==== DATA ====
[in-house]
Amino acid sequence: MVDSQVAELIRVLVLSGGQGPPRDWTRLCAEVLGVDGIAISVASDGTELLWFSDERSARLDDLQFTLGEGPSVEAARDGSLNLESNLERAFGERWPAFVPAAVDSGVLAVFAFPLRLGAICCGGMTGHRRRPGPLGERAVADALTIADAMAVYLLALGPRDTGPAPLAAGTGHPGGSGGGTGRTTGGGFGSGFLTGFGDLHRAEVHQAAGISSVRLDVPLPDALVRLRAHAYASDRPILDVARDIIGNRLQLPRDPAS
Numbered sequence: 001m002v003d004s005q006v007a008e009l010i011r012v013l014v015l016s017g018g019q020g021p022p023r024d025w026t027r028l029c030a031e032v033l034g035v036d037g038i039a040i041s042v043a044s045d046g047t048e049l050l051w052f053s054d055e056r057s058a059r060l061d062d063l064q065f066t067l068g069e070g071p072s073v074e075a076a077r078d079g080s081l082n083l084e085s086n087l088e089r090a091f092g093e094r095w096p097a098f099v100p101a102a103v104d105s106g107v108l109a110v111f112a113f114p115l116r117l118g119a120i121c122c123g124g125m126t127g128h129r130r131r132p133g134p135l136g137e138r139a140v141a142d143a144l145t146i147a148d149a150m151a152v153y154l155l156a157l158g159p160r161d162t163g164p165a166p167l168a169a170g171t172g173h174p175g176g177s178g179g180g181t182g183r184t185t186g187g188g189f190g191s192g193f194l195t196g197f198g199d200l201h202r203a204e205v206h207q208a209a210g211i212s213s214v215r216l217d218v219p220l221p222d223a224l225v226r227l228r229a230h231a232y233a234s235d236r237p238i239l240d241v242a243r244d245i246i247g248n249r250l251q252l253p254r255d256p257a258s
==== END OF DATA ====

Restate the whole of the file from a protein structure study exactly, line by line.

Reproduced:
[in-house]
Amino acid sequence: MVDSQVAELIRVLVLSGGQGPPRDWTRLCAEVLGVDGIAISVASDGTELLWFSDERSARLDDLQFTLGEGPSVEAARDGSLNLESNLERAFGERWPAFVPAAVDSGVLAVFAFPLRLGAICCGGMTGHRRRPGPLGERAVADALTIADAMAVYLLALGPRDTGPAPLAAGTGHPGGSGGGTGRTTGGGFGSGFLTGFGDLHRAEVHQAAGISSVRLDVPLPDALVRLRAHAYASDRPILDVARDIIGNRLQLPRDPAS
Numbered sequence: 001m002v003d004s005q006v007a008e009l010i011r012v013l014v015l016s017g018g019q020g021p022p023r024d025w026t027r028l029c030a031e032v033l034g035v036d037g038i039a040i041s042v043a044s045d046g047t048e049l050l051w052f053s054d055e056r057s058a059r060l061d062d063l064q065f066t067l068g069e070g071p072s073v074e075a076a077r078d079g080s081l082n083l084e085s086n087l088e089r090a091f092g093e094r095w096p097a098f099v100p101a102a103v104d105s106g107v108l109a110v111f112a113f114p115l116r117l118g119a120i121c122c123g124g125m126t127g128h129r130r131r132p133g134p135l136g137e138r139a140v141a142d143a144l145t146i147a148d149a150m151a152v153y154l155l156a157l158g159p160r161d162t163g164p165a166p167l168a169a170g171t172g173h174p175g176g177s178g179g180g181t182g183r184t185t186g187g188g189f190g191s192g193f194l195t196g197f198g199d200l201h202r203a204e205v206h207q208a209a210g211i212s213s214v215r216l217d218v219p220l221p222d223a224l225v226r227l228r229a230h231a232y233a234s235d236r237p238i239l240d241v242a243r244d245i246i247g248n249r250l251q252l253p254r255d256p257a258s